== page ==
MISSING PALAUANS FOUND

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By Malou L. Sayson

KOROR, Palau (January 22, 1999 - Palau Horizon/Marianas Variety)---A group of 22 Paluans on board a boat to Peleliu on May 23, 1941 never made it home.

After long years of painfully remembering these lost relatives and close friends originating in the states of Angaur and Peleliu, the thought of finding them has gone almost to oblivion. But the heart still yearns for their return.

Until October 1976, there were hints that the group was believed to have been shipwrecked somewhere in Mermit Island, northeast of the coast of Wewak in Papua New Guinea.

Noga Garrison, an art consultant and curator in New York, discovered the shipwrecked Palauans in 1976 during her travel to Papua New Guinea. She was at the Sepik River in Wewak where she met a local guide who helped her find artifacts and suggested that she visit a copra plantation on the island of Maron, then within the territory controlled by the Royal Australian Navy.

In June, she boarded a ship operated by the Seventh Day Adventist missionaries on its annual tour of the islands to carry passengers and deliver supplies and goods.

That particular trip led to the discovery of a group of Palauans who were thought to have met their fateful death at the high seas, have been bombed by the Japanese soldiers (during World War II), or have been shipwrecked and stranded somewhere on an unknown island.

The adventurous Garrison, who has extensively traveled the islands of Oceania, found her way in the remote northeastern islands of Papua New Guinea. At one point in her voyage with the Seventh Day Adventist missionaries, she was amazed to find a group of people with marked resemblance to folks she had met from Palau, in the Caroline Islands.

Garrison’s deep interest in different tribes and cultures stirred her to make an extra effort of digging into some intricate details such as the pidgin used by these islanders which she found quite similar to the language used by the Palauans.

Her curiosity finally led her to what soon could be considered as a significant historical discovery. Her first verbal encounter (in 1976) was with the oldest man in the group, who was later identified by Isao Singeo, current Peleliu chief, as Ngimesengei, the chief of Peleliu who went with a group of men and women to Angaur in 1941.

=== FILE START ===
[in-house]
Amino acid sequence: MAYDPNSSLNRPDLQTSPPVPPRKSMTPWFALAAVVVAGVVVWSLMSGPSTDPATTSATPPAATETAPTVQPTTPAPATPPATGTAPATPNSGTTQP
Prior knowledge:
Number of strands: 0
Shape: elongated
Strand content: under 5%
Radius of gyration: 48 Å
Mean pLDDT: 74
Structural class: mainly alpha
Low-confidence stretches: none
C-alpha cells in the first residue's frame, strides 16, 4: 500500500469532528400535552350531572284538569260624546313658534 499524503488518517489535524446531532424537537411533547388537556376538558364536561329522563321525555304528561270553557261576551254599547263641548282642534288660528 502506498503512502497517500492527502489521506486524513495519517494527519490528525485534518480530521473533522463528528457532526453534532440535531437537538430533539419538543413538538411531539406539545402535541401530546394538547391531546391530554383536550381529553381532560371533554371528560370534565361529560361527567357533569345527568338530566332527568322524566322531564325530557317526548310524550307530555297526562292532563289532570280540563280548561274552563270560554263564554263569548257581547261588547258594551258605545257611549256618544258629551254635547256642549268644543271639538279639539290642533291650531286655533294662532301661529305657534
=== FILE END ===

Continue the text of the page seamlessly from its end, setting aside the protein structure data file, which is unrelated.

Ngimesengei told Garrison that they were from Palau and that they were caught by a storm which drove them far out into the sea and got shipwrecked on an unknown island.

Upon her return to Guam, Garrison reported her discovery to a Palauan legislator. She later moved to London and New York, thinking all the while that the government of Palau has made significant moves to locate the missing group.

Since 1976, nothing had been done.

She later learned that a party of 22 people, including pregnant women, had been missing since the 1940s.

This prompted Garrison to contact the Seventh Day Adventist Missionaries, the Museum of Natural History, the Smithsonian Institution, the Metropolitan Museum, the United Nations, particularly the UN Educational Scientific and Cultural Organization (UNESCO),and Cultural Survivors (an organization with a hundred anthropologists in Papua New Guinea).

She also obtained from the Royal Australia Navy charts of the area in which the remote island lies - all in the effort to discover the identity of the remote island for possible rescue of the shipwrecked Palauans.

The long lull since the 1976 first sighting of the missing Palauans has almost delivered the whole rescue mission to naught, owing to that fact that most of them by now are over 100 years old.

For Palau, the group of 22 would make a dent in their population, the biggest group so far to be lost at one time and significant enough to equal or even surpass the population of one state in the country.

A historical discovery? Yes, in the opinion that the group could have established their own village, developed linkages with the other island villagers and formed a distinct tribe by intermarrying with other islanders.

There is also a perturbing thought that they could have been enslaved or maltreated in a strange island where they were shipwrecked.

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